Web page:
But we ran into one small snag--a few lines in one of my sestinas were too long to fit on the page. We could always wrap them, of course, which is what Siobhan did, but I just couldn't stomach it for a sestina. Perhaps more than any other poem, those end words matter, so wrapping just wrecks it. On the first round of galley edits I revised each of the lines that wrapped, and then sent it back. For 2 of the 3, that worked. But the final line was just too long.
So this week I sat down again, and tried to mess with it. I soon realized I was going to have to completely rewrite the line--it wasn't going to work any other way. So I did...and on the 3rd or 4th version suddenly a metaphor for the entire poem emerged--one that I think had been there all along, but that I hadn't seen before. In looking at it, I realized one of the 6 end lines had to be changed. This is a pretty major change for a sestina, not to mention one in the 3rd and final stage of galley proofs...but I started working, and realized that the new word fit beautifully. It actually worked!
In a fit of ecstatic joy I zipped the poem off to my good friend and writer buddy Robyn Holloway, who looked it over, and told me one stanza still needed work. And she was right, of course. In order to make the whole metaphor work, I had to completely rewrite that stanza. And as I did so, I realized I had to rewrite the ones before and after.... As any of you writers know, revising a sestina (well, any poem in form) is so painful. But cool, too. I worked on the poem for two days, and like it so much better. I'm not sure if it's perfect, or even better, but I like it better and that's making me happy. I'm pretty nervous about sending it off to Siobhan, though, as a 2-day-old poem. Most of the poems in the book have gone through months of revision, been seen by at least 3 other writers I trust, been copy edited, etc. Can I possibly trust myself enough to give her such a spanking new poem? I guess I will.
The real gift to me, though, was watching this happen. I've worked on this particular poem for about 7 years now, and it's always felt not quite right. And now it feels exactly right. I hope I'm not wrong...I hope others find it exactly right too.
- for Terry Tempest Williams
In the mussel-shelled beach of night
I dream I am a heron, with her fine, sharp
beak—look how she stalks and spears faith,
swallows it, rises past the spinning phalaropes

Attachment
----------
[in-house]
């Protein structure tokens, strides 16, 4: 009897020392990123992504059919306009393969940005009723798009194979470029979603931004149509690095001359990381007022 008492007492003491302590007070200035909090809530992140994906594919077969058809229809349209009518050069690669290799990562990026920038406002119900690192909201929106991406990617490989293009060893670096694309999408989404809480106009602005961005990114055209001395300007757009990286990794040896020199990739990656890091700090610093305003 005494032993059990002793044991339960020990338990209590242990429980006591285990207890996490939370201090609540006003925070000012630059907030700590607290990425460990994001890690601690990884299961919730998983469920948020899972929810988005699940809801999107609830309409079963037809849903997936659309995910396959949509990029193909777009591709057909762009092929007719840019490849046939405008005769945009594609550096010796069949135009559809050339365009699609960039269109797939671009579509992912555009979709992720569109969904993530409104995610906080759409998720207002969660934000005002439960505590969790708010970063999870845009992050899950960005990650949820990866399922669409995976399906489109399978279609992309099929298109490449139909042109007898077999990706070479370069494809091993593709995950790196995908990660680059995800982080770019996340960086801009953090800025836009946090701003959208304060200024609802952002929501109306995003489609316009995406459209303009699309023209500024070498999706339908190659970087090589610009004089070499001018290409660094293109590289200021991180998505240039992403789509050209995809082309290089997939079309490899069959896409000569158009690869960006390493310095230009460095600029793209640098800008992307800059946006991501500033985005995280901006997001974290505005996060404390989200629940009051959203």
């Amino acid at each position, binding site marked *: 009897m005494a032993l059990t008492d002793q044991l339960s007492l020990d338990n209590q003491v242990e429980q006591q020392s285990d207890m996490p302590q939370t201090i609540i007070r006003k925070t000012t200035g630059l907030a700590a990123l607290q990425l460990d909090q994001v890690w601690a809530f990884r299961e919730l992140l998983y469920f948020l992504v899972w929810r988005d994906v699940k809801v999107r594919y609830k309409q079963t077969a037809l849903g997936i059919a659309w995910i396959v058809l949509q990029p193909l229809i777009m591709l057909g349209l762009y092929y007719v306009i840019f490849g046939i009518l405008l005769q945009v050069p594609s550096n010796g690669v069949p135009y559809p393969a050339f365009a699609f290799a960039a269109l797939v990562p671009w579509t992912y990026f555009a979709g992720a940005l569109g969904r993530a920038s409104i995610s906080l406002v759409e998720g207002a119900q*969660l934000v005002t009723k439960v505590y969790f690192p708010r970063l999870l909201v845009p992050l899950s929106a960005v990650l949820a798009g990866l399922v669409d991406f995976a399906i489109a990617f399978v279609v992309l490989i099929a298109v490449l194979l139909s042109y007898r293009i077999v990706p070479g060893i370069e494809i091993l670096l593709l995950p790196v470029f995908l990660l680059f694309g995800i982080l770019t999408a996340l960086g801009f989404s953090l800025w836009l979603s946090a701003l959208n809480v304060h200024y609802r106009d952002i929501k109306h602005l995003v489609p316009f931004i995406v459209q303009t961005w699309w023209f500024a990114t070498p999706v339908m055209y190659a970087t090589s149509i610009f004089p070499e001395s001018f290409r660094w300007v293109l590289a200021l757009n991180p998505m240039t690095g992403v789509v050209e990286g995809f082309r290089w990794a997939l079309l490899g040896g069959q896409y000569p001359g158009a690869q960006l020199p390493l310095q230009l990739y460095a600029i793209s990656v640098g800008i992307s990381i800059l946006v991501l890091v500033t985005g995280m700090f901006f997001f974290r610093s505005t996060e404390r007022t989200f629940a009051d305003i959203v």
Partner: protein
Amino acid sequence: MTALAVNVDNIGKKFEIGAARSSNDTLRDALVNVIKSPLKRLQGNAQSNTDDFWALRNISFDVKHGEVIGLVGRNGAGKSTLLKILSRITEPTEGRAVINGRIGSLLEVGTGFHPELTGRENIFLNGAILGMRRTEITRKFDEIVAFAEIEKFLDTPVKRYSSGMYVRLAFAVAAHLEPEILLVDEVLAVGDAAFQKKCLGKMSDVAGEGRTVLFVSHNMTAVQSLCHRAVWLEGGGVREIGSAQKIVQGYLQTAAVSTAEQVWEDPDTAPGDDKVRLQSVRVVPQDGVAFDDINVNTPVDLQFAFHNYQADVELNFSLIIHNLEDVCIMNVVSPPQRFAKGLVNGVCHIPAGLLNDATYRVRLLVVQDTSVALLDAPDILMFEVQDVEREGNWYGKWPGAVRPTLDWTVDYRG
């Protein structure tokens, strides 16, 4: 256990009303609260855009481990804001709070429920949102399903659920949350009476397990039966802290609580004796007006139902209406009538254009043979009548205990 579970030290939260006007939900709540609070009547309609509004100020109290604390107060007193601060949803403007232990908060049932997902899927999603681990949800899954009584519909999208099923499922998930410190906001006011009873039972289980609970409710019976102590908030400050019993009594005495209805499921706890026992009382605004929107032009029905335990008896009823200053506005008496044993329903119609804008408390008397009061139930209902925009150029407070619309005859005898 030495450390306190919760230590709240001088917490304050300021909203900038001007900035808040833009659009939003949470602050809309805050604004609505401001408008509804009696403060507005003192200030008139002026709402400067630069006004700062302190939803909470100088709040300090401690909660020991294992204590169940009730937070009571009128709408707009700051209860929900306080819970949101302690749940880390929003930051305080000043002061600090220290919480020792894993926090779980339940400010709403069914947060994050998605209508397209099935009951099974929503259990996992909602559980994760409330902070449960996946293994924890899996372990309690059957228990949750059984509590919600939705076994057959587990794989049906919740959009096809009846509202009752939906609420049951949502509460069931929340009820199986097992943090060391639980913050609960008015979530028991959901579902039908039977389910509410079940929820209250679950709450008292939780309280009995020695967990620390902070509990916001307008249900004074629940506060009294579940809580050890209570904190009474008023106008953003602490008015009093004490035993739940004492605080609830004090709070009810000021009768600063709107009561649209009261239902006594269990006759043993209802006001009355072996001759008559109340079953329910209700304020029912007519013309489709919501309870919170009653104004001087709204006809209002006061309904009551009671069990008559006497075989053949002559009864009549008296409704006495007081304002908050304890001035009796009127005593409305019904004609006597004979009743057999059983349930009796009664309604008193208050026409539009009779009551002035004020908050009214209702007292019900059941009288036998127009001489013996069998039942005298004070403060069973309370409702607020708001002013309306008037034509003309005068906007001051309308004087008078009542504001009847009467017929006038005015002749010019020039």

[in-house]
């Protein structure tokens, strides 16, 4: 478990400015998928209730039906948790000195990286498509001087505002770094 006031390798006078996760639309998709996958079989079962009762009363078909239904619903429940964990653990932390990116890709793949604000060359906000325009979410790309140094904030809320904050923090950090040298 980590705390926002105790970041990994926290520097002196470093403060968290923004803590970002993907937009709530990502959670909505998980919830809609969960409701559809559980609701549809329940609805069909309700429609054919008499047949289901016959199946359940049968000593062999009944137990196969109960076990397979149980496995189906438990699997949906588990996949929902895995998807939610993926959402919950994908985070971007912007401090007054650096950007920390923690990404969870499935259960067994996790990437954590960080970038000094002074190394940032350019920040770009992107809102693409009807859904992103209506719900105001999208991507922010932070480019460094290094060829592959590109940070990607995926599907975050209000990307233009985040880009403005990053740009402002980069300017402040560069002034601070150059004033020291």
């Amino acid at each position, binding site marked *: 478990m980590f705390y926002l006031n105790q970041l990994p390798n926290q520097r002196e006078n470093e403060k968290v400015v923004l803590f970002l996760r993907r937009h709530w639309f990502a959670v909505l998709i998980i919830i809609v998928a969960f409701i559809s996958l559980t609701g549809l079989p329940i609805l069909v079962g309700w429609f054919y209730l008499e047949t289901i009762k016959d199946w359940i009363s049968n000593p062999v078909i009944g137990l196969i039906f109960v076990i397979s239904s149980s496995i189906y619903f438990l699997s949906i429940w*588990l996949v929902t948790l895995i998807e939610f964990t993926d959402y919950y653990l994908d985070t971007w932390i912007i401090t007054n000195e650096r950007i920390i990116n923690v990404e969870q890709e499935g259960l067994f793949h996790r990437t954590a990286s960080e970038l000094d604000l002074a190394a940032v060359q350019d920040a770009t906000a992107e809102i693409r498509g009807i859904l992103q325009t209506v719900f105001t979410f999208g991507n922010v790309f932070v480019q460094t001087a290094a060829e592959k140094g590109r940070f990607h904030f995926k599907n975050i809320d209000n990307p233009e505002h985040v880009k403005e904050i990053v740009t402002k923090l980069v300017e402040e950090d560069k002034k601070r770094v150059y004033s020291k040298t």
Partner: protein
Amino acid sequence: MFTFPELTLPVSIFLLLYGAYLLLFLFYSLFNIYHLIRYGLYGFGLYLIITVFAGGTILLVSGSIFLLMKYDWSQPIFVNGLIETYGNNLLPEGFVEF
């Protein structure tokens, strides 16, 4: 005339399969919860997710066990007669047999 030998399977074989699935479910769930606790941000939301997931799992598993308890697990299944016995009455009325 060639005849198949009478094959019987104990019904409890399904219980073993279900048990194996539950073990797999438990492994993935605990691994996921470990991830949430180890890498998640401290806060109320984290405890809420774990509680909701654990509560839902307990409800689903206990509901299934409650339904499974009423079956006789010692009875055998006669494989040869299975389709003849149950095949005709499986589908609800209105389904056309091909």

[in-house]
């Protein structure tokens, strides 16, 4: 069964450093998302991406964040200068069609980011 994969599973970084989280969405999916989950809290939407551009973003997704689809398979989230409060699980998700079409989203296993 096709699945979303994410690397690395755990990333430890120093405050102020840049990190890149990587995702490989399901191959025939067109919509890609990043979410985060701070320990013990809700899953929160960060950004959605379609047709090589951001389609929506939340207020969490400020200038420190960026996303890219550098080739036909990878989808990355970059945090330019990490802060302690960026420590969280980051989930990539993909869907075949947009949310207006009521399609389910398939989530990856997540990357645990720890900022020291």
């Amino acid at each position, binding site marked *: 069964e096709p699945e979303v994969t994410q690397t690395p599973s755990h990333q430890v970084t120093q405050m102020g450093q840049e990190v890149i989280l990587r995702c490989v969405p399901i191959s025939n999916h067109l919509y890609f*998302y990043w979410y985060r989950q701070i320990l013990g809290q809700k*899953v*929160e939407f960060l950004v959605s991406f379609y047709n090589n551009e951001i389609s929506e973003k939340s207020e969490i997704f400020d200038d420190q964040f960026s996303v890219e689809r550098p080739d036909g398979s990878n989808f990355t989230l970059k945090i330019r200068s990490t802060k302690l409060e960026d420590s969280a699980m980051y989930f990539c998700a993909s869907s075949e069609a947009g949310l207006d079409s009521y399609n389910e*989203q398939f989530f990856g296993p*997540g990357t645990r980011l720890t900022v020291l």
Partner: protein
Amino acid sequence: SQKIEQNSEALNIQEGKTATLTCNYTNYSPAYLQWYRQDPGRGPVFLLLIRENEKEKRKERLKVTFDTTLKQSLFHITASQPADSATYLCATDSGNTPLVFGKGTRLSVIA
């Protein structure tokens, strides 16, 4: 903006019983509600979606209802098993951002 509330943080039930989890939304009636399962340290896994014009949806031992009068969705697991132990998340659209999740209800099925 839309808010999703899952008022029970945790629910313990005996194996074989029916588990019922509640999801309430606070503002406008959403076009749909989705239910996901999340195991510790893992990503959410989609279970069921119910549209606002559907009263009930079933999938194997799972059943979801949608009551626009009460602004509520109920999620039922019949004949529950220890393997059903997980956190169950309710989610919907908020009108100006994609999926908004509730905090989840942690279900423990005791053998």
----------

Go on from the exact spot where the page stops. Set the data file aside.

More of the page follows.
into the purple shine of night, the river lost
below her, tidewater rising, spinning
like cream in my coffee, as I spin
through my morning, feathered by last night’s
dreams of this perfect bird body, never lost
in the high grasses of belief, always etched sharply
against the river. But I’m not that bird. I’m a phalarope
stuck in a spinning, frenetic search for faith.
This morning, sitting on the river, ancient stories of faith
in my hand, on my tongue, I watch the silk spinning
of one bird and what I see is this phalarope’s
wake, morning light on the waves she creates, the night’s
dark doubts spinning away as she turns, sharpens,
becomes belly focused—everything else lost
to the task of consuming the river, all desires lost
except belly desire—this bird knows faith.
She fills her long wings with fish, sharp
bones melting into her own fine skin, as she spins
her body, turning, turning until the empty night
rolls into memory under the feet of this phalarope.
I might find, if I could touch a phalarope,
that the complicated leaves of belief would lose
hold and helix away into the consuming night,
until all that remains is hollow bones, and the faith
that fish will rise if I ask, if I simply turn, begin to spin
a prayer with my arms, my feet, my belly sharp
with hunger and need. I can feel a sharpened
desire rising, as I remember the phalarope
who lives in my bones, who just by spinning
through river water, finds the longing, once lost,
to feed this feathered heart. I remember the feel of faith,
that fullness in my belly, in the deepness of night.
I begin to spin, see fish rise in this phalarope ritual, this faithful
search for solid bodies, rising in the sharp wake of my night,
and I eat, and I eat, the belief I once thought was lost.